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Though the "Garcia" in the name of New Jersey cosmic indie jam band Garcia Peoples isn't an implicit reference, it's clear that the band has spent some time listening to Jerry & co.'s deeper catalog.
Starting up in the late 2010s, the band took notes from a canon of classic acid-washed searchers, including pillars like the Grateful Dead, Allman Brothers, and Canned Heat, but also wove the influence of less-championed acts like NRBQ into their unique update on psychedelic sprawl. The group began as a quartet but expanded just before the release of their 2018 debut album Cosmic Cash.
Garcia Peoples formed in Rutherford, New Jersey, and originally consisted of guitarist/vocalists Tom Malach and Danny Arakaki, drummer Cesar Arakaki, and bassist Derek Spaldo. The band quickly developed a style informed by '60s and '70s jam bands both renowned and obscure. They played often in the Brooklyn club scene, connecting with like-minded bands and gaining a reputation for their electric live show, which often stretched out into ambling psychedelic improvisations. In 2017, they expanded to include keyboardist P.G. Six (also a member of similarly jammy Wet Tuna) and began work on a proper debut album. That album came in the form of Cosmic Cash, released in the summer of 2018 on the Beyond Beyond Is Beyond label. They returned less than a year later in March 2019 with their follow-up LP, Natural Facts.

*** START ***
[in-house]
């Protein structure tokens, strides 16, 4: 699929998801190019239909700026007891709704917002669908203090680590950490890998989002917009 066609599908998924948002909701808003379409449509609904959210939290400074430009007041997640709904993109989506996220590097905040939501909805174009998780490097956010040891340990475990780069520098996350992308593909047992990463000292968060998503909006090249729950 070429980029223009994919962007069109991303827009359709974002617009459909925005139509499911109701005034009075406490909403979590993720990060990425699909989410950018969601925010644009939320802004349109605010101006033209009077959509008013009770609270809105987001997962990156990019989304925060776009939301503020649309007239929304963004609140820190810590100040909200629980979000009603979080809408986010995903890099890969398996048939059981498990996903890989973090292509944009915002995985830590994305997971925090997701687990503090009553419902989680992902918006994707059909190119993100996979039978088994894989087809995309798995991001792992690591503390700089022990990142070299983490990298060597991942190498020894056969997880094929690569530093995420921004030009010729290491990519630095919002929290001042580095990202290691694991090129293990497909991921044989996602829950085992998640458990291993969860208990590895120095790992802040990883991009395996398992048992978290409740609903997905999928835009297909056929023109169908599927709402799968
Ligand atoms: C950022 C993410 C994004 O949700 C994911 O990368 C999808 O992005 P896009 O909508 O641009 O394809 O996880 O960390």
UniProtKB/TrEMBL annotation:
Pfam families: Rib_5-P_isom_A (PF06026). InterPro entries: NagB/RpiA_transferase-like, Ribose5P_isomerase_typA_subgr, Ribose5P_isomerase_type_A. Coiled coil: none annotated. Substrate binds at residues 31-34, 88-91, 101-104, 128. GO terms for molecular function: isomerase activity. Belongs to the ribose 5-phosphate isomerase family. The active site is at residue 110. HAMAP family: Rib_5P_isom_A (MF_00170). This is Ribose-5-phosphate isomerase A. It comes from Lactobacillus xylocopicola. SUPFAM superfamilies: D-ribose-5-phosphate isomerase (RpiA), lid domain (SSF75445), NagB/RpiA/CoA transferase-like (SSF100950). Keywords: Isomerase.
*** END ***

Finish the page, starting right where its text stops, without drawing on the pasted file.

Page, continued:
Deeper’s Origins date back to 2014 when prior to releasing any material an abrupt line-up change left the Chicago based band looking for a new direction.
Singer and guitarist Nic Gohl along with drummer Shiraz Bhatti threw out all of their old songs and brought on bassist Drew McBride to round out the lineup. The subsequent demos leaned on intricate guitar interplay, direct “of the times” vocals and a spirit that speaks to the band’s collective place in this pit of endless internet.
Deeper honed their sound over the course of 2015 and 16’ in basements, lofts, and anywhere that would have them. Touring the demos and landing at a fully realized inflection point. Call it Post-Punk, call it Indie Rock, it’s a record that steps in and out of boxes filtered through an unmistakable midwestern lens.
As social norms and political ideologies distort, writing and creating art was the only way to control the growing voice in the band’s collective head. The conceptualizing of the album started and stopped over that two year time warp culminating in a few feverish tracking sessions in late 2017. What was left is a stark shimmering portrait of a modern American experience.
Sammus is the stage name adopted by Ithaca, NY producer, rapper, activist, and PhD student Enongo Lumumba-Kasongo. Known as much for her rousing stage presence as she is for her prowess as a beatmaker and lyricist, Sammus has spent the past several years cultivating a strong following of activists, hip hop heads, punks, and self-proclaimed nerds and geeks, among others.